The most arresting political image to emerge this week was not a picture of British Prime Minister Tony Blair, who on Thursday clung to his job by announcing -- sort of -- when he planned to leave it. It was a photograph of Gordon Brown, the chancellor of the exchequer, driving away from an earlier meeting with Blair, an enormous grin across his normally glum face.
When it comes to the complicated, rivalrous and ever-changing relationship between the once-sprightly prime minister and the buttoned-up chancellor, the smile said it all. Theirs is a zero-sum partnership: The story of Blair's slow downward slide is every bit the story of Brown's dogged ascent.
It is also a story of two people who by all accounts cannot stand each other but have remained together nonetheless.
"They hate each other -- really, madly, deeply," said William Keegan, the author of The Prudence of Mr. Gordon Brown. "It's been a peculiar bad marriage."
If so, the two have stayed a couple not for the sake of the children, but for the sake of a government they both want desperately to run.
The unraveling of what was once a solid personal and political alliance is generally accepted to have begun in the summer of 1994, when the two had dinner at Granita, a restaurant in north London. Neither has revealed what exactly was said, but the result was that Brown agreed to remove himself from the Labor Party leadership race, clearing the way for Blair.
In return, Blair promised to give Brown a big role in any future Labor government and then eventually to step aside, allowing Brown to take his place as party leader and, presumably, prime minister.
But it turned out to be a devil's bargain.
"It was a huge mistake to do that deal," the writer Geoffrey Wheatcroft, who is close to members of Blair's inner circle, said of the 1994 pact.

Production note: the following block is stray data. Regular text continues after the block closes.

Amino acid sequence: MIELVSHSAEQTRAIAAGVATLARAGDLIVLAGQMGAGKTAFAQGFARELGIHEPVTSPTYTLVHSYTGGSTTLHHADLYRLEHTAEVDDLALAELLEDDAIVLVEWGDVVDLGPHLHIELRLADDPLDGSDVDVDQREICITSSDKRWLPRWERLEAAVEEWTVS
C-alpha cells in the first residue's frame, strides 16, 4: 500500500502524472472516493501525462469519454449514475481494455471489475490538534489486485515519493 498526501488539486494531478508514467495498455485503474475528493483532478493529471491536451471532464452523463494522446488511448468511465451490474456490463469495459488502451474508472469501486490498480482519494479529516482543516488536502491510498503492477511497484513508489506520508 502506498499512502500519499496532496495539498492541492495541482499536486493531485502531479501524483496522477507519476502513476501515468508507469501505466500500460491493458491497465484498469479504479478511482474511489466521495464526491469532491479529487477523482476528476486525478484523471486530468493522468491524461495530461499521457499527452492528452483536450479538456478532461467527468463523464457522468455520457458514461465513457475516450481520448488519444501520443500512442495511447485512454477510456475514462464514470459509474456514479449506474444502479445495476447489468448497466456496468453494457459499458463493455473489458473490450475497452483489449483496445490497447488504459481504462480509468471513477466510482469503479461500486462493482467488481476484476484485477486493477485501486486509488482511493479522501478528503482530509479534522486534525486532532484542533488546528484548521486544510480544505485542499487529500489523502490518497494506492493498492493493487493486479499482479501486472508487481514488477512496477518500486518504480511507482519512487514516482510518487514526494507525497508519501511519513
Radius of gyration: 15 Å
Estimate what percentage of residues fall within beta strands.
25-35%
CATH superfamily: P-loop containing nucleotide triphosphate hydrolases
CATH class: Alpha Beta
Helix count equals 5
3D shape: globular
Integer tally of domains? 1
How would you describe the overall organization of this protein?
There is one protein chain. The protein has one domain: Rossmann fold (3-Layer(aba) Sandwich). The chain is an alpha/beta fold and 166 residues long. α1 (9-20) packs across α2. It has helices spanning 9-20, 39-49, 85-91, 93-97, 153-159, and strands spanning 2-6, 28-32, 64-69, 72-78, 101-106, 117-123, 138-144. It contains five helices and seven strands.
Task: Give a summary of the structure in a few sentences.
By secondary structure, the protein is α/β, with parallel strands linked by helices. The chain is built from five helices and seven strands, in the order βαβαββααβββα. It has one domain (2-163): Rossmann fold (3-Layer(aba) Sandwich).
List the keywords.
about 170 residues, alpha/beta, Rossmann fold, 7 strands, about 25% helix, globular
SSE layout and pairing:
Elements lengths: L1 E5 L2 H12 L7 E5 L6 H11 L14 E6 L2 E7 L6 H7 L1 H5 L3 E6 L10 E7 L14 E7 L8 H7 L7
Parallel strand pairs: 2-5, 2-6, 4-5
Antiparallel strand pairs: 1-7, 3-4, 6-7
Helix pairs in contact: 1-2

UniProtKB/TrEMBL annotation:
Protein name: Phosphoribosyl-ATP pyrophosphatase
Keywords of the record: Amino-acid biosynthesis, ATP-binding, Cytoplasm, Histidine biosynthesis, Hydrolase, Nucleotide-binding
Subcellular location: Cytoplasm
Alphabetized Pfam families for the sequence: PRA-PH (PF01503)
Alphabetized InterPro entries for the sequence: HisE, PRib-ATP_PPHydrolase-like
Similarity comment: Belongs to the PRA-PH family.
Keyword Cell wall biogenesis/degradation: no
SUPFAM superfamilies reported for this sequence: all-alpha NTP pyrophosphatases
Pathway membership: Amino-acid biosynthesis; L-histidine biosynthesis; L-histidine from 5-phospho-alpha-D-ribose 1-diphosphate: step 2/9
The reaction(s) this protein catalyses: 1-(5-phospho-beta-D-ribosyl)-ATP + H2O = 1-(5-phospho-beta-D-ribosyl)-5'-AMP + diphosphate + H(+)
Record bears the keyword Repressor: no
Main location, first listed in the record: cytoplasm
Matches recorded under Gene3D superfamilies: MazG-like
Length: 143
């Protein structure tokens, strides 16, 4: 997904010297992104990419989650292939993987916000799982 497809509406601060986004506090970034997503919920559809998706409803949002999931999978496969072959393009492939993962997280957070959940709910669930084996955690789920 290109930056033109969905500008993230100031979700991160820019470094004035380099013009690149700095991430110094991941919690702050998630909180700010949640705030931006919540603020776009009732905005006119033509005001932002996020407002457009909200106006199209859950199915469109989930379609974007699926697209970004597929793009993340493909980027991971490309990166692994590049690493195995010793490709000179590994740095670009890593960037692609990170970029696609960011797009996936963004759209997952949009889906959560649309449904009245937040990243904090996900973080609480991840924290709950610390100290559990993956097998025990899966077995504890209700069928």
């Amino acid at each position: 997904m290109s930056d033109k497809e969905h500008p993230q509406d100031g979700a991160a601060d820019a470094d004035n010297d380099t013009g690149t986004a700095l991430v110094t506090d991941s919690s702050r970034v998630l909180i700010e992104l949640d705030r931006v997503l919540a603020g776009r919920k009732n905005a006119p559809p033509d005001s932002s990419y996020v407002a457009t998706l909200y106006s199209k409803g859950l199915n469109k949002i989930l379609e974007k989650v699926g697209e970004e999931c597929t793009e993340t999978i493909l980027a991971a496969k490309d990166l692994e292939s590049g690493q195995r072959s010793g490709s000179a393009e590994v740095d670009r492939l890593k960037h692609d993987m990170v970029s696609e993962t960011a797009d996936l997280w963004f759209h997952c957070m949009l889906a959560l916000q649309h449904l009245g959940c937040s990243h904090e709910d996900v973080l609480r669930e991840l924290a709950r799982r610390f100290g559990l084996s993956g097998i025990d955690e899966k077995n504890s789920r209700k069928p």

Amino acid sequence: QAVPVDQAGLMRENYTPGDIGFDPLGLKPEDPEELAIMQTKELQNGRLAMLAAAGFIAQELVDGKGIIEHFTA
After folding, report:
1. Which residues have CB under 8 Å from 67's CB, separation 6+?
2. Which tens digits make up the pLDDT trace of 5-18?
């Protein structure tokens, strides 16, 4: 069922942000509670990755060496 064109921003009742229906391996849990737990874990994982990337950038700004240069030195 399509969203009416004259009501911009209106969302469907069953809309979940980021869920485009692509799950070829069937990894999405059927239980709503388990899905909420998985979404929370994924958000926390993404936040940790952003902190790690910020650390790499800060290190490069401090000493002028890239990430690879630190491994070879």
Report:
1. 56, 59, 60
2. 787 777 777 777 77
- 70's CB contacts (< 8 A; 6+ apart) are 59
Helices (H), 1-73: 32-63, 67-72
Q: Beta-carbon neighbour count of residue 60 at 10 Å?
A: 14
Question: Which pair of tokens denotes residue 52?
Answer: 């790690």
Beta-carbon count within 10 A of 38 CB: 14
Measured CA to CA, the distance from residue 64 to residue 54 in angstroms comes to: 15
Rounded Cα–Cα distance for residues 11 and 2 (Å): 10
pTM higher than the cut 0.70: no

"Blair should have said, `You and I are colleagues, and we both want to be leader of our party, and the only way for us to clear the air would be for us both to run,"' Wheatcroft said in an interview. "Brown would have been badly beaten by Blair, and it would have enormously changed the relationship. Blair wouldn't have felt beholden, and Brown wouldn't have felt betrayed."
At first, Blair seemed to be on track to keep his end of the deal. He made Brown the chancellor of the exchequer, or treasury secretary, handing him extraordinary autonomy and power. Brown has secured his position -- and bolstered Blair's sometimes sagging political authority -- by presiding over an unusually prosperous period of low inflation, low interest rates and low unemployment.
But the years have passed and Blair has stayed on and on, and Brown has had to wait and wait.
"Blair has broken a number of promises," Keegan said in an interview. "He gave Brown the impression that he'd stand down after his second term, and now he's in his third term. Brown feels he has been let down far too often."
Meanwhile, a poll published in British newspaper the Daily Telegraph yesterday showed a majority of the British public think Prime Minister Tony Blair should resign from office this year.
Of the 1,504 people surveyed by YouGov for the newspaper on Wednesday and Thursday -- mostly before Blair publicly vowed to resign within a year -- 58 percent said they thought he should resign this year, compared to 36 percent when YouGov last asked the question in February.
Some 65 percent of the general public, including 52 percent of Labour supporters, think he should leave by early next year.
Almost half of Labour voters surveyed in February said he should stay on until 2008 or later, while just 21 percent think so now.
The proportion of Labour supporters who thought "the wheels are falling off the coach" has jumped from 10 percent in February to 35 percent in the latest survey.
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